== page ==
Allie Akmal: So you studied them as an undergrad.
Ken Diffenderfer: Yep.
Allie Akmal: And then you went to grad school?
Ken Diffenderfer: Yeah. Yeah. So I went to graduate school also at Cal State Channel Islands. I did a master’s program there, which had a stem cell technology as component to it. And a part of that was doing a year long internship, which I did locally in the San Diego area, at the Scripps Institute. That kind of led me into a position here at Salk.
Allie Akmal: And what are some of the exciting ways that stem cells can be used in research?
Ken Diffenderfer: Oh yeah, so I mean they are abundant and diverse. A few of the really exciting ways we use them here at the Salk Institute is through deriving patient-specific stem cell lines for the purpose of studying disease, and this is a technology that was developed by a Japanese scientist by the name of Shinya Yamanaka back in 2006 where we can effectively take a permanently differentiated cell, a cell that has made all of its life choices. It’s no longer a stem cell, and we could access that material through a biopsy, through a blood draw and take those cells and revert them all the way back to the early stages in human development.
Allie Akmal: How would you move that backwards in time?
Ken Diffenderfer: Most often times when we are doing this, the skin biopsy comes to us in what we call a punch biopsy, but it’s just a little kind of core of skin, roughly three millimeters in diameter. We’ll take that little chunk of skin and we will treat it with enzymes overnight. And those enzymes are just breaking apart all of the individual cells that are kind of inside that biopsy. And then we can essentially put those cells out onto a plastic dish, grow them out, expand them as they start to cover the entire surface of the dish. And then we can introduce four key genes to those cells. And these are the four key genes that Dr. Yamanaka discovered back in 2006. And so we use highly engineered viruses that have had all the disease causing elements of them removed. And we essentially just use them as shuttles for genetic material. And so we will infect the cells with these viruses and then allow them to make this transition from a permanently differentiated, permanently developed cell all the way back to the earliest stages of human development, which we described as pluripotency.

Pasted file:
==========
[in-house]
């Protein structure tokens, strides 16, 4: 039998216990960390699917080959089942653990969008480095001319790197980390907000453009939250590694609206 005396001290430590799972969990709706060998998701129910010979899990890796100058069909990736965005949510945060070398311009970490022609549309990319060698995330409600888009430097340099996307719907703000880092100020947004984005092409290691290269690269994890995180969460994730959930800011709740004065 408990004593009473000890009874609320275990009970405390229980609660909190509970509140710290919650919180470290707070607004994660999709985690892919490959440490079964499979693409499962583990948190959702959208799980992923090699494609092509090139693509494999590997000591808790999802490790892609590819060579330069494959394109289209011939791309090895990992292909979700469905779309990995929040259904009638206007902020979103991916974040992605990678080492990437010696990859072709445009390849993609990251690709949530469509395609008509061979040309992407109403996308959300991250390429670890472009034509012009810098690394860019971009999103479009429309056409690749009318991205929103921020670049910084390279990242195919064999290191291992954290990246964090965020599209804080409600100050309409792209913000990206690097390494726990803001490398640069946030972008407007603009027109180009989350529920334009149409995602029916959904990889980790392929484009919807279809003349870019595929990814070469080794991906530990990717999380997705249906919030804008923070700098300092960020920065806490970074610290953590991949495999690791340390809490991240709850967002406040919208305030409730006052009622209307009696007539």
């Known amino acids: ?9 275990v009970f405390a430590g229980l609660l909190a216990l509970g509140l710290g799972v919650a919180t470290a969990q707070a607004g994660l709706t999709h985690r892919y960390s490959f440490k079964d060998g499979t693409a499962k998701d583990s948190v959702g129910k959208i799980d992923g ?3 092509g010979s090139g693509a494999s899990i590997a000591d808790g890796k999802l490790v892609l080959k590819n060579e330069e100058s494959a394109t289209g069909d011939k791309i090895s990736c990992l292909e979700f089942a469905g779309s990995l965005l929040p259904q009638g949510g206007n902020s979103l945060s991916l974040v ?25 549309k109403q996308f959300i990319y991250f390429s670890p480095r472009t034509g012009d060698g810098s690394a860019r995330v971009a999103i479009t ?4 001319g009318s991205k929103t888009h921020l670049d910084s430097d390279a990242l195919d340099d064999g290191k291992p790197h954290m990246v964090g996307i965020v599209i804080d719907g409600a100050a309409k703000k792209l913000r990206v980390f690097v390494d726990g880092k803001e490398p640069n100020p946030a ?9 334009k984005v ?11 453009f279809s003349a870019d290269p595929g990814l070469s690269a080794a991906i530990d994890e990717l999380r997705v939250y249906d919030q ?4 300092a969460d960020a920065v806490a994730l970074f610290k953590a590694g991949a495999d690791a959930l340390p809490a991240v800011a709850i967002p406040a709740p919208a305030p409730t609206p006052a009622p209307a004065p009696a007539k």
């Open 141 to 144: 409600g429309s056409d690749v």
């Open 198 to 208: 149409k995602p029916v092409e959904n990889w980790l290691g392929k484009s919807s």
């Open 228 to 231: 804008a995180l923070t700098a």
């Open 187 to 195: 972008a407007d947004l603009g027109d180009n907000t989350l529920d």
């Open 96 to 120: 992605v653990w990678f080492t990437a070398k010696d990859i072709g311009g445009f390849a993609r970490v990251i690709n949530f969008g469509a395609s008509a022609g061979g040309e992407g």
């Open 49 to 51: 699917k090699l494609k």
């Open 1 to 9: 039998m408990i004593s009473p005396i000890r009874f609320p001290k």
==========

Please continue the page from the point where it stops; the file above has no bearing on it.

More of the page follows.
Ken Diffenderfer: And so that process takes roughly three to four weeks. And so as essentially as skin cells hanging out in the dish, and then over time they start to slightly change. And we see the skin cells change from these very elongated cells that cluster very tightly together into these very, very small, tightly compacted groups of cells that we call colonies. And these colonies are the induced pluripotent stem cells starting to form.